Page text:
4540 W. Kennedy Blvd
Tampa, FL 33609
Healing with Harmony
A Chinese doctor uses herbal remedies to treat everything form back pain to infertility.
By KIM DeFALCO
Outside, the cars roar by. Inside, the music soothes. Bowls of exotic, aromatic herbs wait like dishes of candy in Xin-Yue Jiang's Kennedy Boulevard medical practice, where a good fortune Buddha serves as a welcome mat.
Jiang, 55, practices traditional Chinese medicine.
She is as fluid with her demeanor as she is precise with her words. She hugs her patients, greeting them as if they are members of her extended Chinese family tree.
They come to her for harmony; They come from all over. From all walks of life and socioeconomic backgrounds.
They are firefighters, Broadway dancers, Major League Baseball players and housewives. They are as young as 2 and as old as 85.
Using acupuncture and personalized herbal remedies mastered in her five-year undergraduate program at the Traditional Chinese Medical College of Guangzhou, China, Jiang embraces the energy of each patient.
She is deeply aware of one's yin and yang.
And of a visitor's need to recall what that means. "Yin and yang is a way of seeing reality that views every aspect of the world, material and spiritual, as being composed of two opposing and at the same time interdependent forces," she explains.
"Yin and yang are opposites that form a whole; they depend on each other because they only exist in relation to their opposite. This is how the body works."
Three to four thousand years ago, Indian and Chinese cultures developed systems of healing and meditation to prevent disease and to treat the sick.
Chinese culture does not separate body and soul. With this in mind, Jiang seeks to examine a patient's entire being.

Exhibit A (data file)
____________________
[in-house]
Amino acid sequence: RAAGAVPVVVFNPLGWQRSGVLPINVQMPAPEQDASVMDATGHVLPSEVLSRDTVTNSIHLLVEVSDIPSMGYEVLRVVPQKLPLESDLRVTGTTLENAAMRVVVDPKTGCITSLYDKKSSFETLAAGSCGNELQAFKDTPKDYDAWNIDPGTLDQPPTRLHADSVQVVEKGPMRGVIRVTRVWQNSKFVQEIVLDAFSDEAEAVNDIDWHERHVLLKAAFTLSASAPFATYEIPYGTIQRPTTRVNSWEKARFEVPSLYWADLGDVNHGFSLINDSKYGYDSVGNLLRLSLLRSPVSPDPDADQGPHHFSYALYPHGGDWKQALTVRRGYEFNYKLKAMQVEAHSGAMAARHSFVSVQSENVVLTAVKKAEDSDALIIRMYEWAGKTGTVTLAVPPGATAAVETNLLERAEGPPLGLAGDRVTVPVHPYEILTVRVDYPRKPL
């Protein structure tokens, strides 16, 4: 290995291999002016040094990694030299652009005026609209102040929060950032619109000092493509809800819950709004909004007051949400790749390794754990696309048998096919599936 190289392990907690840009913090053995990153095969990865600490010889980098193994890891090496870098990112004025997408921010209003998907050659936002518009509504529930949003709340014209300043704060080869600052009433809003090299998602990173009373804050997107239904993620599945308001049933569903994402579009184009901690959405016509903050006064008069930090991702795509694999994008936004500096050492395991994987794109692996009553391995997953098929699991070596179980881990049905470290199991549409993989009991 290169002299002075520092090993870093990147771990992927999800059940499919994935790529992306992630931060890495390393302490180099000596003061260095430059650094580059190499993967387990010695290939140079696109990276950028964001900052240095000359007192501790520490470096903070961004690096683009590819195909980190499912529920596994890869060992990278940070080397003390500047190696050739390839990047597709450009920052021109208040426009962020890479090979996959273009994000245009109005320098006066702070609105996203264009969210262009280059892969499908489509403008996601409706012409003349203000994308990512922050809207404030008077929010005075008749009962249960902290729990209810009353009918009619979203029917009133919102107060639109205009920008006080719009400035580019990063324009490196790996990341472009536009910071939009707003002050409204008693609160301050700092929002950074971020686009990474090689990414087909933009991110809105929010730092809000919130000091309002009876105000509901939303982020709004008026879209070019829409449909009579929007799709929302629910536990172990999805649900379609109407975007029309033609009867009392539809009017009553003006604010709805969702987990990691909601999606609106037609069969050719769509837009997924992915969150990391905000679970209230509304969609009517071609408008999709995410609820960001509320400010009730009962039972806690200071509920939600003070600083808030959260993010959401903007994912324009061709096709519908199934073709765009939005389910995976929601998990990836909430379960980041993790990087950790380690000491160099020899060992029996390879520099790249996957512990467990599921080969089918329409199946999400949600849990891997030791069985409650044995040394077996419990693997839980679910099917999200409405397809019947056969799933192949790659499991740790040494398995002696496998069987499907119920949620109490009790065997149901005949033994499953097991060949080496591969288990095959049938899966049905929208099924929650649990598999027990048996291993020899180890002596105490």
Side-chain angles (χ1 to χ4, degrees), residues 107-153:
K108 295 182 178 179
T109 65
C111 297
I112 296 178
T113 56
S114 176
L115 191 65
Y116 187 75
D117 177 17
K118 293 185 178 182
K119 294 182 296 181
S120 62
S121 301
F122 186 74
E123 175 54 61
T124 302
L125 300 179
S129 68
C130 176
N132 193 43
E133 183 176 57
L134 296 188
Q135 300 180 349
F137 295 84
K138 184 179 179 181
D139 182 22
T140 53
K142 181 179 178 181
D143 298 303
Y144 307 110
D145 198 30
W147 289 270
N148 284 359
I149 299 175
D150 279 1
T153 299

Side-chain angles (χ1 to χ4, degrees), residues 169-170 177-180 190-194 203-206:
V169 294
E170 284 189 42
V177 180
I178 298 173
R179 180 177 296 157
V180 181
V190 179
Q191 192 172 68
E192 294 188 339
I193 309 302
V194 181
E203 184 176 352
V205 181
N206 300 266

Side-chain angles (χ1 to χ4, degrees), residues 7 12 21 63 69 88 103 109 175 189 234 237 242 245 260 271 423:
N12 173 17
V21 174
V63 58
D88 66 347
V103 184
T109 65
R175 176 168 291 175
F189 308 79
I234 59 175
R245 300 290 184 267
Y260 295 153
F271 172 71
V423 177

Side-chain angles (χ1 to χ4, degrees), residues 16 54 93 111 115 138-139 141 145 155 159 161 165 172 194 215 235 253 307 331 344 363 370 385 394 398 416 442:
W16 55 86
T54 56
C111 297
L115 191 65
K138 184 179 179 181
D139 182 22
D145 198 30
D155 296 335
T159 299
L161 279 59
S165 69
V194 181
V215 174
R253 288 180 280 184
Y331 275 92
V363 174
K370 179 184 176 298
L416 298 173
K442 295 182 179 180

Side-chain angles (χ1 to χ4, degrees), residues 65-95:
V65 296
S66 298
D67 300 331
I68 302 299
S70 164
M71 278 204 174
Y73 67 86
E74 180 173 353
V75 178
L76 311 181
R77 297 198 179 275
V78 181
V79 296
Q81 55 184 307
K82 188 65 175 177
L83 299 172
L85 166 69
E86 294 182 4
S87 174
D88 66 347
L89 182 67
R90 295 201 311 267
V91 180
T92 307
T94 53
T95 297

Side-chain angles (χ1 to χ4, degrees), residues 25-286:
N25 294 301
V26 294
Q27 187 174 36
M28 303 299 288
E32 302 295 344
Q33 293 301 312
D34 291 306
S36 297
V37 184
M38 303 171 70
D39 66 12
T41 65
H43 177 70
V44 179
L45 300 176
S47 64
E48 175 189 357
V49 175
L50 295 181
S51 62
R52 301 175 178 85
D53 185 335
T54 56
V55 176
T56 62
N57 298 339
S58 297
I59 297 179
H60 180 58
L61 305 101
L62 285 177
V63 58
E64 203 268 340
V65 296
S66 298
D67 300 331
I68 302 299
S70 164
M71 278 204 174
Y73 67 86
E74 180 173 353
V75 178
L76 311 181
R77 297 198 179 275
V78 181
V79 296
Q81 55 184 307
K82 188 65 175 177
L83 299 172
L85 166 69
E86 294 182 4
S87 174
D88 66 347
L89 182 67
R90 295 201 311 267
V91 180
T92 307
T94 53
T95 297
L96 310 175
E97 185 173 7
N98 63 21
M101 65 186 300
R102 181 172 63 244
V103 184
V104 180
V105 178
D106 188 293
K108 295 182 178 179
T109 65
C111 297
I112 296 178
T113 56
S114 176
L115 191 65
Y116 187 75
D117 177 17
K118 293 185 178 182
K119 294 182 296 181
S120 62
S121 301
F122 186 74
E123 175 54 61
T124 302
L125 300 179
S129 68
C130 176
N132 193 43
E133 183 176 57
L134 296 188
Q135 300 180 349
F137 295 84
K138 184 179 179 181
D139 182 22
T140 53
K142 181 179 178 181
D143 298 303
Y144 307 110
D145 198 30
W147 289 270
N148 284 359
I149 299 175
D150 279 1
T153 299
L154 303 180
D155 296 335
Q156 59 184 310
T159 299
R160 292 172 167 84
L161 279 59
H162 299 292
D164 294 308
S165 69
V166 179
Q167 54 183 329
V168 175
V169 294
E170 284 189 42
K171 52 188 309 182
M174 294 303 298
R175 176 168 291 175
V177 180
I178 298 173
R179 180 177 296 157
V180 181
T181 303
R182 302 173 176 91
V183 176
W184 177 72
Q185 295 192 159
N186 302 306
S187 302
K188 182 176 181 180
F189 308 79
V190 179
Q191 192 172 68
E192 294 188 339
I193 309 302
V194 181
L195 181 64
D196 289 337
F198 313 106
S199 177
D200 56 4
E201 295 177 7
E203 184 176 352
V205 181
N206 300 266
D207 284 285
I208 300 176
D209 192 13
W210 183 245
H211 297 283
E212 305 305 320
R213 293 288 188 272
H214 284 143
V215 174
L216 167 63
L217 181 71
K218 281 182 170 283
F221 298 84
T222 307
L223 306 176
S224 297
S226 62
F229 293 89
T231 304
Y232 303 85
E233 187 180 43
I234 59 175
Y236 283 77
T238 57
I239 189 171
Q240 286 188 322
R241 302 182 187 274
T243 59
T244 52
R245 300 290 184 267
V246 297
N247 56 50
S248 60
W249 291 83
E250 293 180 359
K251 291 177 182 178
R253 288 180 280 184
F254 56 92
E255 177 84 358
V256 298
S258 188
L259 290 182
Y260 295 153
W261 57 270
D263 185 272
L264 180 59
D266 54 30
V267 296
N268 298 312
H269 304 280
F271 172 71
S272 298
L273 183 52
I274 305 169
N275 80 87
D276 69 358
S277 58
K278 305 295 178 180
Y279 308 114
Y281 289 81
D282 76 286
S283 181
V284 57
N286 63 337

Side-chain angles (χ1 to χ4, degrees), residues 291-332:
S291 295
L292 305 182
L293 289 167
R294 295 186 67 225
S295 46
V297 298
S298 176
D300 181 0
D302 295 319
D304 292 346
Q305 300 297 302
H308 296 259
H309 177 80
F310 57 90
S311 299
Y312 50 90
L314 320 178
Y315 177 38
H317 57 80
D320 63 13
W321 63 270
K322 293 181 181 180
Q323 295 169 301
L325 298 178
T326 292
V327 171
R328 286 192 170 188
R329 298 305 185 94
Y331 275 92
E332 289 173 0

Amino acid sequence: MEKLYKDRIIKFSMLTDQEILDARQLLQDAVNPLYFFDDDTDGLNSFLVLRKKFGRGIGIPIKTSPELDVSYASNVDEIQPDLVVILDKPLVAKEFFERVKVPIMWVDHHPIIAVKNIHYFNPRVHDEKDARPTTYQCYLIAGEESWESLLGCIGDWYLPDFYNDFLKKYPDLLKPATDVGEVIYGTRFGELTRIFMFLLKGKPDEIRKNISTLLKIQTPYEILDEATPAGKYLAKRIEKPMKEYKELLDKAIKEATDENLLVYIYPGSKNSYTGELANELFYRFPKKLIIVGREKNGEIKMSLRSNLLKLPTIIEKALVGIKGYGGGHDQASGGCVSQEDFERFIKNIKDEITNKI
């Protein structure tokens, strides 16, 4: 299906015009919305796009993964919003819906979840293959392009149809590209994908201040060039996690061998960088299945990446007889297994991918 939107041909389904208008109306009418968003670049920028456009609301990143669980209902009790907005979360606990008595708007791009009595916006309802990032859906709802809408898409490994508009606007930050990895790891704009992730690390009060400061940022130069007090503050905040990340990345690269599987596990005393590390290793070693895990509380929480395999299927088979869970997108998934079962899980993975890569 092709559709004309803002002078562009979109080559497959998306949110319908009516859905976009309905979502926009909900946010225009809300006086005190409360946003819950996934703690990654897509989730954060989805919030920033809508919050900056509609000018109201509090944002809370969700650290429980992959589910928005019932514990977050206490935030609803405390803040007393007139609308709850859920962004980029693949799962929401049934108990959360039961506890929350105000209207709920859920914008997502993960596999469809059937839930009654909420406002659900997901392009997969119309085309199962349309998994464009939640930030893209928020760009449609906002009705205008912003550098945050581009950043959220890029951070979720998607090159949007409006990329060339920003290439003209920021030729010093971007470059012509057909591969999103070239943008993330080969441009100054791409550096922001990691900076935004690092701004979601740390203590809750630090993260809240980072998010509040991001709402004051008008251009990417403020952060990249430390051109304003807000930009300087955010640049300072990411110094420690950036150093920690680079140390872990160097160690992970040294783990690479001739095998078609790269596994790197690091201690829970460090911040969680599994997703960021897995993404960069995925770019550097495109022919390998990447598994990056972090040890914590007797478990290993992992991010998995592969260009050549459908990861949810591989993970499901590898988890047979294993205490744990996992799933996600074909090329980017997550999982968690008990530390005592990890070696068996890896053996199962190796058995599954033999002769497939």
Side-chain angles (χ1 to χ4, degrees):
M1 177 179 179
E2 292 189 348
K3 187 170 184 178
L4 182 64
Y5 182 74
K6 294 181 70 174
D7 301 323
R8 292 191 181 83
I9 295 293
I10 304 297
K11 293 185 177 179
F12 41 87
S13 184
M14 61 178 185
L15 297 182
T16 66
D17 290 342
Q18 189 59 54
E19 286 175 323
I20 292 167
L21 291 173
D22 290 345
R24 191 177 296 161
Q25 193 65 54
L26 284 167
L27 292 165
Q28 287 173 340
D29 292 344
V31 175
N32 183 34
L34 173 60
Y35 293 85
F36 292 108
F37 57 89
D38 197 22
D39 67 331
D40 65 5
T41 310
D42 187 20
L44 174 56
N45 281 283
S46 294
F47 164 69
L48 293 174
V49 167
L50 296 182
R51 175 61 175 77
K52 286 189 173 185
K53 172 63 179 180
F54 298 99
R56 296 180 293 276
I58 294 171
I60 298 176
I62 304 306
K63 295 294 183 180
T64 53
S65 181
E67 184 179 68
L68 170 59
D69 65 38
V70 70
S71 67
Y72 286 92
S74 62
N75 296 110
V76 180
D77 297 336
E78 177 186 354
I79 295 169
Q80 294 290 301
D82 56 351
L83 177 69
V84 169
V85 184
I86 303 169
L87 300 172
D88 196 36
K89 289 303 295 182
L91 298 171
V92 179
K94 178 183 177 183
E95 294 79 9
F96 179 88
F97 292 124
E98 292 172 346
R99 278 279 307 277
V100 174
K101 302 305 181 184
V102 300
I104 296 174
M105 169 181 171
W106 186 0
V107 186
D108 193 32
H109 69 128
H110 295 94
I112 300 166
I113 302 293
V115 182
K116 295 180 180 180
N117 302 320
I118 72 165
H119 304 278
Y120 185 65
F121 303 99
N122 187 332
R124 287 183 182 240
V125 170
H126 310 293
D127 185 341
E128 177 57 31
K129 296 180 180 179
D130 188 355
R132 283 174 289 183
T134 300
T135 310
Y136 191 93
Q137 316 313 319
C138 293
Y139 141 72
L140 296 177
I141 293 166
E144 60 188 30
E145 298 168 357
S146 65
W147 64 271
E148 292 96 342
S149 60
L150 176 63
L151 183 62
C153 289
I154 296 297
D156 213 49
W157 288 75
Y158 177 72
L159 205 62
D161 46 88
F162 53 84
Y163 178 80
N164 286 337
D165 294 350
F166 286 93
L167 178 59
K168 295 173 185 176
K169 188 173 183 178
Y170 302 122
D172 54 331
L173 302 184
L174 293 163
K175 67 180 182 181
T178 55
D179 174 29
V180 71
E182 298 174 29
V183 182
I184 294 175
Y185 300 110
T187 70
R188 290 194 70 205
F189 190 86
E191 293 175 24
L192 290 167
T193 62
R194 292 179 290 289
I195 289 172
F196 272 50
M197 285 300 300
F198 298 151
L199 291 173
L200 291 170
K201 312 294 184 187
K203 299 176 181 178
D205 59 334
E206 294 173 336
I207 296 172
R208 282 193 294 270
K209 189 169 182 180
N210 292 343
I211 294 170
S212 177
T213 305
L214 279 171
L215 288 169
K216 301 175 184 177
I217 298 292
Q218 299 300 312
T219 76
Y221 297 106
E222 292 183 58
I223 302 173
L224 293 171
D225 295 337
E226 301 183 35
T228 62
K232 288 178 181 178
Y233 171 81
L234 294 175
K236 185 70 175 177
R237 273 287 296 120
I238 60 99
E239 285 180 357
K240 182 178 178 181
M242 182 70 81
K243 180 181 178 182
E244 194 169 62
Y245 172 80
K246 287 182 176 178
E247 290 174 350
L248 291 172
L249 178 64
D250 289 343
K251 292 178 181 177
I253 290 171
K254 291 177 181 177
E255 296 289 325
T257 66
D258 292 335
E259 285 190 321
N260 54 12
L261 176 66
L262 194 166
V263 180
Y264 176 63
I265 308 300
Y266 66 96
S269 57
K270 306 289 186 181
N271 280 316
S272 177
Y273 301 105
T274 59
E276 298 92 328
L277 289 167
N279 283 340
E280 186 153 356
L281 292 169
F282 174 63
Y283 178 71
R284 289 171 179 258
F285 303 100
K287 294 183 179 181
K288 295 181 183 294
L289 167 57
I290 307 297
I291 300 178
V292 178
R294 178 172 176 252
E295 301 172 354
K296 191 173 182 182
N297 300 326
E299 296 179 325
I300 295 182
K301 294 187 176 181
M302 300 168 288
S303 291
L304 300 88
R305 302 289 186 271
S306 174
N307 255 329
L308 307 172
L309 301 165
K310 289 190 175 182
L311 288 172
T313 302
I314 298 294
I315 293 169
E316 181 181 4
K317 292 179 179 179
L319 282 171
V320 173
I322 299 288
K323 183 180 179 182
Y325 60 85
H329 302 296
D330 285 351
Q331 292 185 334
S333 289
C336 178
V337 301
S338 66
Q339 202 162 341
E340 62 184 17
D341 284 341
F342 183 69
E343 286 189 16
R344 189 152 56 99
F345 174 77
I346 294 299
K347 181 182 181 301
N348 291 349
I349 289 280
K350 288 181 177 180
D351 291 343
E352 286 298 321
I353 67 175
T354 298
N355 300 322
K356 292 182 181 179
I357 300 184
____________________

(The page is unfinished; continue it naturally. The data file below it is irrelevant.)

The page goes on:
She interviews, observes, listens and touches. She pays attention to the eyes and the tongue and the pulse points of the wrists. In Chinese medicine, they are barometers of health.
She looks at the way people walk and talk and carry themselves. She finds remedies among 2,000 or more imported herbs and pairs them with other treatments — acupuncture, electrical muscular or nerve stimulation, among them.
"In traditional Chinese medicine, there is an intuitiveness," explains massage therapist and patient Alan Hoskins. "I've had many different acupuncturists and doctors, and Dr. Jiang just has a feel for it."
Hoskins, 52, felt a blockage in his chest and numbness in two fingers. Enter Jiang.
"Within two days, I felt a clearing of my energy field throughout my body and my fingers started responding," Hoskins said.
Jiang treats asthma, arthritis, sciatica, diabetes, alcoholism, smoking cessation, Bell's palsy and myriad other ailments.
Skeptics abound, but so do clients.
There is 60-year-old Daniel Bleich from Balm, a working-class man who travels 35 miles to have his blood sugar regulated.
Bleich said he witnessed his blood sugar drop 50 points after one visit.
A photo album tells of other patients.
A woman treated for infertility stands sideways, revealing her eight month pregnancy.
Before and after photos show a balding man who appears to have grown hair.
Word of mouth keeps others coming.
Jiang was sought out by former New York Yankees pitcher David Cone. Cone, who experienced recurring pain after arm and shoulder surgery in 1996 and 1997, flew Jiang to New York City for treatment between games.
In his memoirs A Pitcher's Story, he dedicates Chapter 4 to Jiang.
She comes from a long line of doctors and scientists.
Her father was a malaria specialist and biology professor at China's Zhung Shau University. Her late husband, Dr. Shui-Guo Zheng, was a neurosurgeon, a career her son intends to pursue.
"I knew I wanted to be a doctor by age 5 or 6," Jiang said. "I never would consider anything else."
With that, she hugged Daniel Bleich, floated past the good fortune Buddha and disappeared behind door No.1.